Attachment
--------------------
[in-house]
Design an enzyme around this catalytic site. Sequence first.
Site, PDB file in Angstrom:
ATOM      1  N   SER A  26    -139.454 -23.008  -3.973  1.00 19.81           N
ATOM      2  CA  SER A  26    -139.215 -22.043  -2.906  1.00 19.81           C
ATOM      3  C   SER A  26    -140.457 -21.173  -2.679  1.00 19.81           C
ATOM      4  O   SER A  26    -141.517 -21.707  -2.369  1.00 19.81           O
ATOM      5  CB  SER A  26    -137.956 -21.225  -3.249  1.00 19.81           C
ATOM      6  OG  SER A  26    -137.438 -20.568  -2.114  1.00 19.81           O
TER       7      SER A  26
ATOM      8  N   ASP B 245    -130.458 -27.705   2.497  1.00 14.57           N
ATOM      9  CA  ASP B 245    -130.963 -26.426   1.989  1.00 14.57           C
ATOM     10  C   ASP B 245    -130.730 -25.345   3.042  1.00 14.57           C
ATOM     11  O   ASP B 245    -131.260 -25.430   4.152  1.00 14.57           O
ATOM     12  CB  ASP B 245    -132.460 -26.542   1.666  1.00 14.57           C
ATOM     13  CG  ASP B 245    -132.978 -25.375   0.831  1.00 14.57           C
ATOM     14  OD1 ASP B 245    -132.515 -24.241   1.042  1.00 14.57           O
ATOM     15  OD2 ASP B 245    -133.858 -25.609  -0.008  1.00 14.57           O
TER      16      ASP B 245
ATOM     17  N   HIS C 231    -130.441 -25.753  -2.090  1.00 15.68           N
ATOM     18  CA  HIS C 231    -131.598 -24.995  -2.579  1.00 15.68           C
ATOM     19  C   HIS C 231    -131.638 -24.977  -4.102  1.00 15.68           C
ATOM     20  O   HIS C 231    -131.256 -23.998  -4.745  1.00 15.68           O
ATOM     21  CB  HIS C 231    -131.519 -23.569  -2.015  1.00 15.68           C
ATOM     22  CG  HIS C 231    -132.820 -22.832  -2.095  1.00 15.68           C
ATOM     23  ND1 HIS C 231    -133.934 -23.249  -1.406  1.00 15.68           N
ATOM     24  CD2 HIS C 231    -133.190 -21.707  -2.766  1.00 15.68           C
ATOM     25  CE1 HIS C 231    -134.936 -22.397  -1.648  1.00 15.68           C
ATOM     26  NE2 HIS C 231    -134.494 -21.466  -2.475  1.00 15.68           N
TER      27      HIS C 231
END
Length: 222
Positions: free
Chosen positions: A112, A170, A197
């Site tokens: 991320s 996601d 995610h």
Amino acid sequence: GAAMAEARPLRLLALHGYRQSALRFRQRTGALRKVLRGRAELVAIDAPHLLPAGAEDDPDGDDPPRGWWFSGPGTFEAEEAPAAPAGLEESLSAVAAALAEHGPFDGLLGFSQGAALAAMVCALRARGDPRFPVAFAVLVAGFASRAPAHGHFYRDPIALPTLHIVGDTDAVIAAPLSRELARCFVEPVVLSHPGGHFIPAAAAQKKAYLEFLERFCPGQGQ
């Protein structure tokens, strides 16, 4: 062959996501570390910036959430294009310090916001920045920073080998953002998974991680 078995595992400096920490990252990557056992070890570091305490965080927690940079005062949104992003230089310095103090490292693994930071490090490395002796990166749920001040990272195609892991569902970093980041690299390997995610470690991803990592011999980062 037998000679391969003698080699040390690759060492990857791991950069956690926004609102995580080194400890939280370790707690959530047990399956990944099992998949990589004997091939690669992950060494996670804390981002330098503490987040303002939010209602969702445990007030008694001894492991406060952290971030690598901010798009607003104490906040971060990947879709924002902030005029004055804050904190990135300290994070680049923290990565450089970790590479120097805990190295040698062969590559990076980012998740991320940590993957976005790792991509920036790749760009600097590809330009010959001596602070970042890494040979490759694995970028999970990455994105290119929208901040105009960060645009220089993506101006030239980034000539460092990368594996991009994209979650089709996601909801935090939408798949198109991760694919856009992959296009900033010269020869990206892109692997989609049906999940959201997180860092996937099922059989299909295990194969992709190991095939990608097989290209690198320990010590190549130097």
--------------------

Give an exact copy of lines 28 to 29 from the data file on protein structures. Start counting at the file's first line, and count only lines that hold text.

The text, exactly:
ATOM     25  CE1 HIS C 231    -134.936 -22.397  -1.648  1.00 15.68           C
ATOM     26  NE2 HIS C 231    -134.494 -21.466  -2.475  1.00 15.68           N